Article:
## Stream: general

### Topic: Typeclass not triggering

#### Adam Topaz (Mar 31 2021 at 02:28):

I made a slight generalization to #6820 by assuming a slightly weaker condition on existence of (co)limits (this is so that we can define so-called "local" Kan extensions, as opposed to only global ones).

But there seem to be two places where typeclass inference doesn't work as expected. These are lines 195-197 and 217 in the following file:
https://github.com/leanprover-community/mathlib/blob/AT_kan_ext/src/category_theory/limits/kan_extension.lean

It's mostly an annoyance, but if anyone has any ideas on how to get these typeclasses to fire, that would be helpful.

Pinging: @Scott Morrison @Bhavik Mehta , since you've reviewed this PR :)

#### Adam Topaz (Mar 31 2021 at 02:28):

Somehow, the issue is only for Lan (which deals with colimits), whereas the case of Ran (which deals with limits) has no issues.

#### Scott Morrison (Mar 31 2021 at 05:17):

I'm not surprised it can't find the instances, because you've hidden things behind let (using change).

#### Scott Morrison (Mar 31 2021 at 05:21):

There's also the question of why you can't directly erw (as you do for Ran), without any let or change. I can't yet see what's going on, but I suspect it is some defeq abuse of either functor associativity, or costructured_arrow.map's 2-functoriality.

#### Scott Morrison (Mar 31 2021 at 05:23):

e.g. the fact you need a type annotation on line 179 is a bit of a warning flag. The fact you need a type annotation here is going to mean that sources and targets are not matching up (syntactically, even though they will defeq match), and this will break rw later. So perhaps we can work out an explicit isomorphism we can insert on line 179 instead of the type annotation?

#### Scott Morrison (Mar 31 2021 at 05:27):

Oh, maybe that type annotation is harmless. It is just coping with the fact that the S argument for costructured_arrow.map is implicit. That itself seems like a bad idea!

#### Scott Morrison (Mar 31 2021 at 05:29):

I would be typechecking by hand the right hand side:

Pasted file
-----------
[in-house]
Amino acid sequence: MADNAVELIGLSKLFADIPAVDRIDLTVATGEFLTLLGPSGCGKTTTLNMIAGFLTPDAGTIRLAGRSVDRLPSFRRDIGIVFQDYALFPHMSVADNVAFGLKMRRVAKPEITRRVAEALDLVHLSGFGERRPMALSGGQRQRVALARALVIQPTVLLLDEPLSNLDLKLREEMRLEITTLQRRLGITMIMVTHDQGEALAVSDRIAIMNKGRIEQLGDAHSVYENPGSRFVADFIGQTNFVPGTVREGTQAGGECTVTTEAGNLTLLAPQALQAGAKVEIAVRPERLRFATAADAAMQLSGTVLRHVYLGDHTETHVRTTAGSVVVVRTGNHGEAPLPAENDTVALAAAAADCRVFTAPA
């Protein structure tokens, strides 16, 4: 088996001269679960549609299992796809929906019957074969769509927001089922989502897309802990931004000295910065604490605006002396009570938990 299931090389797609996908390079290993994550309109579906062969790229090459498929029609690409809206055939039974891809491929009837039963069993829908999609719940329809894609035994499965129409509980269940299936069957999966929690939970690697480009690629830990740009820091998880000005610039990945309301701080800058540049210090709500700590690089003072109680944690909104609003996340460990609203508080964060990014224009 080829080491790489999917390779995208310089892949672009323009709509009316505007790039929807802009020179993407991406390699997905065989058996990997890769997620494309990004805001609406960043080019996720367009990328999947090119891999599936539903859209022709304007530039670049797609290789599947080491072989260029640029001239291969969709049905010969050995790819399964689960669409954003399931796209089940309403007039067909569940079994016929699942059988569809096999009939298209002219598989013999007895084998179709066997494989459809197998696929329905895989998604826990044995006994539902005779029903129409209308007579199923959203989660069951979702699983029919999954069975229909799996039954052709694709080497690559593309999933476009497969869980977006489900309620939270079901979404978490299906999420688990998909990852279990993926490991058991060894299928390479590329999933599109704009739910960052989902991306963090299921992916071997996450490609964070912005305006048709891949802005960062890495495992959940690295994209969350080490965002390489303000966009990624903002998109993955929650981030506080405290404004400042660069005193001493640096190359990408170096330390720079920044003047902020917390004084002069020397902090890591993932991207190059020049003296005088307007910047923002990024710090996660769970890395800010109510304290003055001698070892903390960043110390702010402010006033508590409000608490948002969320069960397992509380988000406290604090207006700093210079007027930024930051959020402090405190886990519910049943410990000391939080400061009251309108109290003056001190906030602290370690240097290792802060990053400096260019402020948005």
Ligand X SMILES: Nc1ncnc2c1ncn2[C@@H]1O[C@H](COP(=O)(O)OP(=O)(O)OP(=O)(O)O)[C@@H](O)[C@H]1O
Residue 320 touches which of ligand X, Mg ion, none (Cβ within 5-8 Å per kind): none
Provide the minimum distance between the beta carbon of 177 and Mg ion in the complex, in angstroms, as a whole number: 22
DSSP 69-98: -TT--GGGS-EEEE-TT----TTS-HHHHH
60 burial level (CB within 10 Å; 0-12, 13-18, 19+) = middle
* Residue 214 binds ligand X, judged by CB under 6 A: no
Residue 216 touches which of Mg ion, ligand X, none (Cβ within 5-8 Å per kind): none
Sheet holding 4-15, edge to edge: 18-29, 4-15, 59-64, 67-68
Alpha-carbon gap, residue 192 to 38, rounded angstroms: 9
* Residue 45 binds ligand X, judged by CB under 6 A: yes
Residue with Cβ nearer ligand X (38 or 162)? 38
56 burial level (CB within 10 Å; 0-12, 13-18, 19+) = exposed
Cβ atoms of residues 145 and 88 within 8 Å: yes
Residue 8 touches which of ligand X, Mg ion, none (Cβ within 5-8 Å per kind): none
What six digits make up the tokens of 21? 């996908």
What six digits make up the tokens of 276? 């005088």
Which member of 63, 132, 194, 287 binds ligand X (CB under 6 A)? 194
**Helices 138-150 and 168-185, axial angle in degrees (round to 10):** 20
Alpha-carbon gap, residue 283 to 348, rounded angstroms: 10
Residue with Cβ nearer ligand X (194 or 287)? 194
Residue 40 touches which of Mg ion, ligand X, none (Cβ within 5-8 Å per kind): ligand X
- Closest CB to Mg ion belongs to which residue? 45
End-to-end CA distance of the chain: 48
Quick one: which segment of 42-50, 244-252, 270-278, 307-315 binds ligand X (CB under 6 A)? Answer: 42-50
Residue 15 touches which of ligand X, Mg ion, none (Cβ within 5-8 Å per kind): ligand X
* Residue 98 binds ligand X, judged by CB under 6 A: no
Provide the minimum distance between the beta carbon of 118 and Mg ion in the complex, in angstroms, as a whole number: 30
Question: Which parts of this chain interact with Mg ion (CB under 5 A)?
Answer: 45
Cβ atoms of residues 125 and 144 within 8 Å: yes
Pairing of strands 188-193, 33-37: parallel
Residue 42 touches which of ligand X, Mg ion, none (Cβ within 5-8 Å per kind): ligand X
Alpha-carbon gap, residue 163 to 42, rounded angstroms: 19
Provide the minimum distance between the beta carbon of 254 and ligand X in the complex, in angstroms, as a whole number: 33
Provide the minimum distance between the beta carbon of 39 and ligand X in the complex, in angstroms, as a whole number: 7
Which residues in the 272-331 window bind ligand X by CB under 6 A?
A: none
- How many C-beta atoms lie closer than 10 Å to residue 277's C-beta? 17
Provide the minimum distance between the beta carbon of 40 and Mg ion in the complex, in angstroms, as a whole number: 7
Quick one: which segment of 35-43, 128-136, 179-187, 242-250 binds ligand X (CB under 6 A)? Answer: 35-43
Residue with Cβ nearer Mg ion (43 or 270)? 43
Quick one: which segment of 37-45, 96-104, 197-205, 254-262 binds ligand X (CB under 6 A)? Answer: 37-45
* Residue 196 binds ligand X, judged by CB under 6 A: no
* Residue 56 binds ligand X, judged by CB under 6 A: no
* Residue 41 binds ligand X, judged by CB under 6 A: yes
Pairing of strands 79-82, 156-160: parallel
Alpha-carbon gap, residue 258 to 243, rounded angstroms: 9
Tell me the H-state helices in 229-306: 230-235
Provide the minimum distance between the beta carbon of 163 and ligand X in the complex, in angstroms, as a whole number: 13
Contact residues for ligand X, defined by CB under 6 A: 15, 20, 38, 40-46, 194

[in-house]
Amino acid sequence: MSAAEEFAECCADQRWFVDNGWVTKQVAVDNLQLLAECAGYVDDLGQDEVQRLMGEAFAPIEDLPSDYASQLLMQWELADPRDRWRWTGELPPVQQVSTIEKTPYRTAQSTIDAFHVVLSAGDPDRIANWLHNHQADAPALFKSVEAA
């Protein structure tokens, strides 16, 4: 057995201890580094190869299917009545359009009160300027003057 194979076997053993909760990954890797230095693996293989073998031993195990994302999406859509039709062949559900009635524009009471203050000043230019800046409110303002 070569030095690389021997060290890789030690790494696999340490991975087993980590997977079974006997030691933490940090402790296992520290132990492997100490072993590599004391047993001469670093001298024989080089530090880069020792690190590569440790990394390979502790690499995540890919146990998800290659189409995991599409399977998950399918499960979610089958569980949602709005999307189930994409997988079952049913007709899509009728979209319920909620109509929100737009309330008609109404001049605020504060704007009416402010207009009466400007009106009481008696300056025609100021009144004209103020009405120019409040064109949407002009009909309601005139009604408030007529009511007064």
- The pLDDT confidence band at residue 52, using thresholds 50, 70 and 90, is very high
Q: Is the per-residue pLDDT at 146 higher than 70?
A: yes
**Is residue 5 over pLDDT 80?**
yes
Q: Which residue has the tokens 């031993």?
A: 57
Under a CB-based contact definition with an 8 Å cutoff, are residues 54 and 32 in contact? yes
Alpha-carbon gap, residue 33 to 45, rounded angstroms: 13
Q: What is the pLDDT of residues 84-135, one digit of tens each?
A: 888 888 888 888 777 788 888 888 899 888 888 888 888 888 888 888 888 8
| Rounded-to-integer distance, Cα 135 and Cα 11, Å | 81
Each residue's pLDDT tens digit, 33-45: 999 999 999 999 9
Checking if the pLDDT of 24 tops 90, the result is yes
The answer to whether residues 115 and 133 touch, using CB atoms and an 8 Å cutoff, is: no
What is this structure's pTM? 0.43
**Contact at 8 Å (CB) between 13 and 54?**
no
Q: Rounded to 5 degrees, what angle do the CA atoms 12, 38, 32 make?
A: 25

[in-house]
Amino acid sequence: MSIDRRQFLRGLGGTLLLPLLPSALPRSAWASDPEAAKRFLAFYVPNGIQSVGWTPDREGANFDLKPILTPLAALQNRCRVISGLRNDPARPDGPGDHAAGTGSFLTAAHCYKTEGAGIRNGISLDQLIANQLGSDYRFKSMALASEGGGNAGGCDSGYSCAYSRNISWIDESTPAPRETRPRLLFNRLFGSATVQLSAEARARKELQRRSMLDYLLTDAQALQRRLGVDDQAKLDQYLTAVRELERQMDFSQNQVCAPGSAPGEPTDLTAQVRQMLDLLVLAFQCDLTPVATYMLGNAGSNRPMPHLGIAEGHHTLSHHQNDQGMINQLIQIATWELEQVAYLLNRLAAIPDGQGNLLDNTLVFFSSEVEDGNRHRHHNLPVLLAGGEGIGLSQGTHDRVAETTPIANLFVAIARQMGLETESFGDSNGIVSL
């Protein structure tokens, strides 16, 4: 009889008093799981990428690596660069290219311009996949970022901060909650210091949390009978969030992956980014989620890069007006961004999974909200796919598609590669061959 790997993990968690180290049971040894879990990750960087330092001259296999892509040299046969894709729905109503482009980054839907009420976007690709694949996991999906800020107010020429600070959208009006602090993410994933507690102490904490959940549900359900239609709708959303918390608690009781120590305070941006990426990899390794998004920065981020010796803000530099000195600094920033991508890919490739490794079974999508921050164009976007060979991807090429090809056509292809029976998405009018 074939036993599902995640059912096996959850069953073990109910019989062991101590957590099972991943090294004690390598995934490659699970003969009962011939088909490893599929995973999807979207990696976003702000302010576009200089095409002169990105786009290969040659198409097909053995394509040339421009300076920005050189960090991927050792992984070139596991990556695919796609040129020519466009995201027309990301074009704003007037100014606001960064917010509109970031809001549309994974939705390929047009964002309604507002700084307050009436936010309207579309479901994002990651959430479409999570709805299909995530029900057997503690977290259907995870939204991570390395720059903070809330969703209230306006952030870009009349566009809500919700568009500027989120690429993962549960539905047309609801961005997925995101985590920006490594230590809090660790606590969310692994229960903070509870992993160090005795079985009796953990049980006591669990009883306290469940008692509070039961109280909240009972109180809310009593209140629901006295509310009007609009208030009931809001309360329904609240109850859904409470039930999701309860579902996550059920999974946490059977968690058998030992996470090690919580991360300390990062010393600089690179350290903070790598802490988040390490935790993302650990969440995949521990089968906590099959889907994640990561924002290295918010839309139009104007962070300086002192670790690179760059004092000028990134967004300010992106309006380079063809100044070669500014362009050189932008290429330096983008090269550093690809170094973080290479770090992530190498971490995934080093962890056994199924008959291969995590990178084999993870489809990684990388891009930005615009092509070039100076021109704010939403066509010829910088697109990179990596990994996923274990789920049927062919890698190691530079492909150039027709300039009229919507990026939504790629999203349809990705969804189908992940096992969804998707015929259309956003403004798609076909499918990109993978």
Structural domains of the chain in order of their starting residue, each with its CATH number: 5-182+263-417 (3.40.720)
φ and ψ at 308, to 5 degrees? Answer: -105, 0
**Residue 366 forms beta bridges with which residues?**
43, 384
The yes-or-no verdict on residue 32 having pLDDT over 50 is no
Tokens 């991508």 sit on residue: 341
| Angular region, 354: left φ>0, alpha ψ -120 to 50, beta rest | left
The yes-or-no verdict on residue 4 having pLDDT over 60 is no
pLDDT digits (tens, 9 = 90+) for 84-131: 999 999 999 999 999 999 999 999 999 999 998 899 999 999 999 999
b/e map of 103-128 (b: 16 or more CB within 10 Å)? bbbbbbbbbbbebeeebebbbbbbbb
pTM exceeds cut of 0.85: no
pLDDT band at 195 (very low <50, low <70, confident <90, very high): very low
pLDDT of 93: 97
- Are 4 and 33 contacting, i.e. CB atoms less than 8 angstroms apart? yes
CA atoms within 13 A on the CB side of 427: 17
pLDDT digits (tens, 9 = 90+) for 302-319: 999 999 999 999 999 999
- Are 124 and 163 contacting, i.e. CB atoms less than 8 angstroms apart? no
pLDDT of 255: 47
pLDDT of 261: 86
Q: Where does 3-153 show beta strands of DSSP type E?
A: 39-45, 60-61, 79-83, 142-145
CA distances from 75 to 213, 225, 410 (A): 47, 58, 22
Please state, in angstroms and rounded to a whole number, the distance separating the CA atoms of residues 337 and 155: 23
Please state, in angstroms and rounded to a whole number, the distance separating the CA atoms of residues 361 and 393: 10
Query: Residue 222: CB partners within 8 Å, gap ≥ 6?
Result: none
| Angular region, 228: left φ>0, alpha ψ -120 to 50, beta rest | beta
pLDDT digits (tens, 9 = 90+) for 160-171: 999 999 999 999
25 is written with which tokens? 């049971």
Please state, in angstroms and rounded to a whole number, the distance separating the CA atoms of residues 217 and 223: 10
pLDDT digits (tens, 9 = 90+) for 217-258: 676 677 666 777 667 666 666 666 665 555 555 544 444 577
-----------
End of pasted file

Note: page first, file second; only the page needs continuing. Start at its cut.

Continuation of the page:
colimit.ι (costructured_arrow.map (f ≫ g) ⋙ diagram ι F z) j ≫ colimit.pre (diagram ι F y) (costructured_arrow.map f) ≫ colimit.pre (diagram ι F z) (costructured_arrow.map g)


and seeing what has gone wrong there.

#### Scott Morrison (Mar 31 2021 at 05:29):

(Something is wrong, because erw [colimit.ι_pre_assoc],  should work but doesn't...)

#### Adam Topaz (Mar 31 2021 at 18:40):

Okay, I understand what's happening now.
It's not an issue about the let ... in the proofs, but rather it's that these proofs "abuse" the fact that costructured_arrow.map f ⋙ diagram ι F x has the form diagram ι F y in the case where f : y ⟶ x.

I don't know how to work around this. I could add the following:

lemma has_colimit_diagram_map (F : S ⥤ D) (x y : L) (f : y ⟶ x) [has_colimit (diagram ι F y)] :
has_colimit ((costructured_arrow.map f : costructured_arrow ι _ ⥤ _) ⋙ diagram ι F x) :=
by {change has_colimit (diagram ι F _), apply_instance}

lemma has_colimit_diagram_map_comp (F : S ⥤ D) (x y z : L) (f : y ⟶ x) (g : z ⟶ y)
[has_colimit (diagram ι F z)] : has_colimit
((costructured_arrow.map g : costructured_arrow ι _ ⥤ _) ⋙
costructured_arrow.map f ⋙ diagram ι F x) :=
by {change has_colimit (diagram ι F _), apply_instance}

lemma has_colimit_diagram_map_comp' (F : S ⥤ D) (x y z : L) (f : y ⟶ x) (g : z ⟶ y)
[has_colimit (diagram ι F z)] : has_colimit
(((costructured_arrow.map g : costructured_arrow ι _ ⥤ _) ⋙
costructured_arrow.map f) ⋙ diagram ι F x) :=
by {change has_colimit (diagram ι F _), apply_instance}

local attribute [instance]
has_colimit_diagram_map has_colimit_diagram_map_comp has_colimit_diagram_map_comp'


but this doesn't seem any better than just using haveI in the proofs themselves.

Last updated: May 07 2021 at 00:30 UTC